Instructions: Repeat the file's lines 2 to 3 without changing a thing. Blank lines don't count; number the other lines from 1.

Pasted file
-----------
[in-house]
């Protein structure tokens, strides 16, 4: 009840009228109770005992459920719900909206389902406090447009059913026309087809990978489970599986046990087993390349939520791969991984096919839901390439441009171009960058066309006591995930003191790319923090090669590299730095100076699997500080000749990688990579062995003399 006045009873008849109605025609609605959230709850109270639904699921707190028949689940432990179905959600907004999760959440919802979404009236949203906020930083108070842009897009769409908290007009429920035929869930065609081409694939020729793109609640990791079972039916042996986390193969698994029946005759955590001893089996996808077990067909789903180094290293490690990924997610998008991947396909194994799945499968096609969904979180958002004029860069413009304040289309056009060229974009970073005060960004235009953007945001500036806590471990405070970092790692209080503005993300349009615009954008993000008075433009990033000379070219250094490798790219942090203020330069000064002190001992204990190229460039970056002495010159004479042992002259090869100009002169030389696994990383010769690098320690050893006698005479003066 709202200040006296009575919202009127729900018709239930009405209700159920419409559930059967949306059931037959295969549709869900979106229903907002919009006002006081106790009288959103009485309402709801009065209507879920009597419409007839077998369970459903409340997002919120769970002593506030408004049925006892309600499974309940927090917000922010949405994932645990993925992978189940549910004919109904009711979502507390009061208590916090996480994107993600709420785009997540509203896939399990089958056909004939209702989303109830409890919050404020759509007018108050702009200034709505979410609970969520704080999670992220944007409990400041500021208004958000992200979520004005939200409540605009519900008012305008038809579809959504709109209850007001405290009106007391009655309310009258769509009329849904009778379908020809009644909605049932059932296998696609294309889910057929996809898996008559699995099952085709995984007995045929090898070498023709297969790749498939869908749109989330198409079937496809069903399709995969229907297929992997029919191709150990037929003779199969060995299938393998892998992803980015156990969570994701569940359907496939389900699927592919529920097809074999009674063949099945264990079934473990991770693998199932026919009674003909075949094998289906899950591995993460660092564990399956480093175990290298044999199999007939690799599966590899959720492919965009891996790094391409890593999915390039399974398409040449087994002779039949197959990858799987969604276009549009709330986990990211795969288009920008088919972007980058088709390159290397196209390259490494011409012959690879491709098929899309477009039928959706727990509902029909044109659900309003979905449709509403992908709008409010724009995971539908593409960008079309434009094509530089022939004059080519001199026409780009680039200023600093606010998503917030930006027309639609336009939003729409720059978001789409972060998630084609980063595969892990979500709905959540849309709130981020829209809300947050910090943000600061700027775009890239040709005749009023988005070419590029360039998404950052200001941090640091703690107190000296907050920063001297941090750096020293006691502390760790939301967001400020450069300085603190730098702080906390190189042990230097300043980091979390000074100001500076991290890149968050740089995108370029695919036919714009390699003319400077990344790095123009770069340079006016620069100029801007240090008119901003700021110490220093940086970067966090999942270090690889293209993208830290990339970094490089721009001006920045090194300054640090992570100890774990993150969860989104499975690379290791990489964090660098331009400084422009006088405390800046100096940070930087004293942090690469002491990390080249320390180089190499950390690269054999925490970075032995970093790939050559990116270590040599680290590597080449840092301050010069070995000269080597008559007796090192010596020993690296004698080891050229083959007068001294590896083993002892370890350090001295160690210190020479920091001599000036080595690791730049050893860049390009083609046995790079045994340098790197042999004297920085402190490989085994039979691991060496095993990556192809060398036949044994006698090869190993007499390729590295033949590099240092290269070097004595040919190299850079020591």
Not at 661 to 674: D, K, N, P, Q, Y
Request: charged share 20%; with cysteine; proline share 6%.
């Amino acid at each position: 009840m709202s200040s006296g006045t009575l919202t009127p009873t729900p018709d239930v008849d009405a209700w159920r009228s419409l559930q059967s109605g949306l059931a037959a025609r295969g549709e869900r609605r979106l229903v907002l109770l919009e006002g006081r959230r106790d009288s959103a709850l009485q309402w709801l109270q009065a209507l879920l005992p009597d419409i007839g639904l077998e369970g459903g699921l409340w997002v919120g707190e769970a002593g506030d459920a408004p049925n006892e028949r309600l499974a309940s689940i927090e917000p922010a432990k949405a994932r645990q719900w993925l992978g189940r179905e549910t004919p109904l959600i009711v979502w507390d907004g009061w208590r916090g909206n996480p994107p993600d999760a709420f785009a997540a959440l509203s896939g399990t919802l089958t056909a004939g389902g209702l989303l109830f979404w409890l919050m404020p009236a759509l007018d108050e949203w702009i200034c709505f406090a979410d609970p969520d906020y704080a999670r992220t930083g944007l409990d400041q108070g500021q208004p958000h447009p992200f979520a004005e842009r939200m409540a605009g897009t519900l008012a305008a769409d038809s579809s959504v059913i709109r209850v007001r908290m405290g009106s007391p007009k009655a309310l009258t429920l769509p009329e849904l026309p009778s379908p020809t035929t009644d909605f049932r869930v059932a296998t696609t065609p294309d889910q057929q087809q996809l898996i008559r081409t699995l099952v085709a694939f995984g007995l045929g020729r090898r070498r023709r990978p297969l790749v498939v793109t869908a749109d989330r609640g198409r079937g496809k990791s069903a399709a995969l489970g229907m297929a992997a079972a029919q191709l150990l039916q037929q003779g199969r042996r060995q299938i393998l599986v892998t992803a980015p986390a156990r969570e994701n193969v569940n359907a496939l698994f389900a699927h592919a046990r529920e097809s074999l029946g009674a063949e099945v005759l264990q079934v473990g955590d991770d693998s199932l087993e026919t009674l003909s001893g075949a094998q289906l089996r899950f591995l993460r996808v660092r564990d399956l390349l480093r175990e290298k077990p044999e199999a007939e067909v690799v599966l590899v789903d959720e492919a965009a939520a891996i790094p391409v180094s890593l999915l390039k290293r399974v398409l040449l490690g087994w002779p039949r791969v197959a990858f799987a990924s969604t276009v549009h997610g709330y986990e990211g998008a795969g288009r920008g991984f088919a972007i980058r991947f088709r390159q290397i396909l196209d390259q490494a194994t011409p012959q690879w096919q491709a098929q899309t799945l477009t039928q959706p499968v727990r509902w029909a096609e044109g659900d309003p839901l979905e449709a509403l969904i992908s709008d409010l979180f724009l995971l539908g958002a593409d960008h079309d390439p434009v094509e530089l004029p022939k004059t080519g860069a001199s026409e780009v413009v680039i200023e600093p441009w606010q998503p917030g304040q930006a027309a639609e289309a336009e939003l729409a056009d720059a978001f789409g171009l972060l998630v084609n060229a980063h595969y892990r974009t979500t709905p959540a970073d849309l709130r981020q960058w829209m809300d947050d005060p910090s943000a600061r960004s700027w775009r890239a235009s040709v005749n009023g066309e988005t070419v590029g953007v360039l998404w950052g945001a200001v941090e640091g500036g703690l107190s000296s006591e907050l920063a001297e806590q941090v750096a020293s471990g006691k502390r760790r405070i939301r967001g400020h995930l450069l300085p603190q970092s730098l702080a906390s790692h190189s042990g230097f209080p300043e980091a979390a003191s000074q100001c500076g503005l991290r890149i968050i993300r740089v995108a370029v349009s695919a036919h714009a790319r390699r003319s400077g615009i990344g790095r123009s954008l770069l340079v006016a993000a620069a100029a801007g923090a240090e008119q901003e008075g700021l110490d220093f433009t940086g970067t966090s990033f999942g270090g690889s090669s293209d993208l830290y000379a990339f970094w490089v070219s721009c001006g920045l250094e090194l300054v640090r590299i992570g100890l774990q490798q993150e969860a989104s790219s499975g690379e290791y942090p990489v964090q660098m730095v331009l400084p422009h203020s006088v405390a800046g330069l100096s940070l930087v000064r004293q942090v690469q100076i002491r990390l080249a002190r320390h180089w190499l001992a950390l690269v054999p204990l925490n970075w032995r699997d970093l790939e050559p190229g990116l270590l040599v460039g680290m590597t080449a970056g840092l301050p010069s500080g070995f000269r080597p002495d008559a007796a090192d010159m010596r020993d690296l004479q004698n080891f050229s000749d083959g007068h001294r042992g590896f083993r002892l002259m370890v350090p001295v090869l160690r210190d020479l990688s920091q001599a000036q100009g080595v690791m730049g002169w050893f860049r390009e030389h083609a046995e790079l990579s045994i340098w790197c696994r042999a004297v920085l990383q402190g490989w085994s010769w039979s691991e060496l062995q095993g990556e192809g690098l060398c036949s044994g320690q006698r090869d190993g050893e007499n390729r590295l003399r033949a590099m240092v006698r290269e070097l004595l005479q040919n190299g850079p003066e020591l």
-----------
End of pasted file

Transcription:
């Protein structure tokens, strides 16, 4: 009840009228109770005992459920719900909206389902406090447009059913026309087809990978489970599986046990087993390349939520791969991984096919839901390439441009171009960058066309006591995930003191790319923090090669590299730095100076699997500080000749990688990579062995003399 006045009873008849109605025609609605959230709850109270639904699921707190028949689940432990179905959600907004999760959440919802979404009236949203906020930083108070842009897009769409908290007009429920035929869930065609081409694939020729793109609640990791079972039916042996986390193969698994029946005759955590001893089996996808077990067909789903180094290293490690990924997610998008991947396909194994799945499968096609969904979180958002004029860069413009304040289309056009060229974009970073005060960004235009953007945001500036806590471990405070970092790692209080503005993300349009615009954008993000008075433009990033000379070219250094490798790219942090203020330069000064002190001992204990190229460039970056002495010159004479042992002259090869100009002169030389696994990383010769690098320690050893006698005479003066 709202200040006296009575919202009127729900018709239930009405209700159920419409559930059967949306059931037959295969549709869900979106229903907002919009006002006081106790009288959103009485309402709801009065209507879920009597419409007839077998369970459903409340997002919120769970002593506030408004049925006892309600499974309940927090917000922010949405994932645990993925992978189940549910004919109904009711979502507390009061208590916090996480994107993600709420785009997540509203896939399990089958056909004939209702989303109830409890919050404020759509007018108050702009200034709505979410609970969520704080999670992220944007409990400041500021208004958000992200979520004005939200409540605009519900008012305008038809579809959504709109209850007001405290009106007391009655309310009258769509009329849904009778379908020809009644909605049932059932296998696609294309889910057929996809898996008559699995099952085709995984007995045929090898070498023709297969790749498939869908749109989330198409079937496809069903399709995969229907297929992997029919191709150990037929003779199969060995299938393998892998992803980015156990969570994701569940359907496939389900699927592919529920097809074999009674063949099945264990079934473990991770693998199932026919009674003909075949094998289906899950591995993460660092564990399956480093175990290298044999199999007939690799599966590899959720492919965009891996790094391409890593999915390039399974398409040449087994002779039949197959990858799987969604276009549009709330986990990211795969288009920008088919972007980058088709390159290397196209390259490494011409012959690879491709098929899309477009039928959706727990509902029909044109659900309003979905449709509403992908709008409010724009995971539908593409960008079309434009094509530089022939004059080519001199026409780009680039200023600093606010998503917030930006027309639609336009939003729409720059978001789409972060998630084609980063595969892990979500709905959540849309709130981020829209809300947050910090943000600061700027775009890239040709005749009023988005070419590029360039998404950052200001941090640091703690107190000296907050920063001297941090750096020293006691502390760790939301967001400020450069300085603190730098702080906390190189042990230097300043980091979390000074100001500076991290890149968050740089995108370029695919036919714009390699003319400077990344790095123009770069340079006016620069100029801007240090008119901003700021110490220093940086970067966090999942270090690889293209993208830290990339970094490089721009001006920045090194300054640090992570100890774990993150969860989104499975690379290791990489964090660098331009400084422009006088405390800046100096940070930087004293942090690469002491990390080249320390180089190499950390690269054999925490970075032995970093790939050559990116270590040599680290590597080449840092301050010069070995000269080597008559007796090192010596020993690296004698080891050229083959007068001294590896083993002892370890350090001295160690210190020479920091001599000036080595690791730049050893860049390009083609046995790079045994340098790197042999004297920085402190490989085994039979691991060496095993990556192809060398036949044994006698090869190993007499390729590295033949590099240092290269070097004595040919190299850079020591």
Not at 661 to 674: D, K, N, P, Q, Y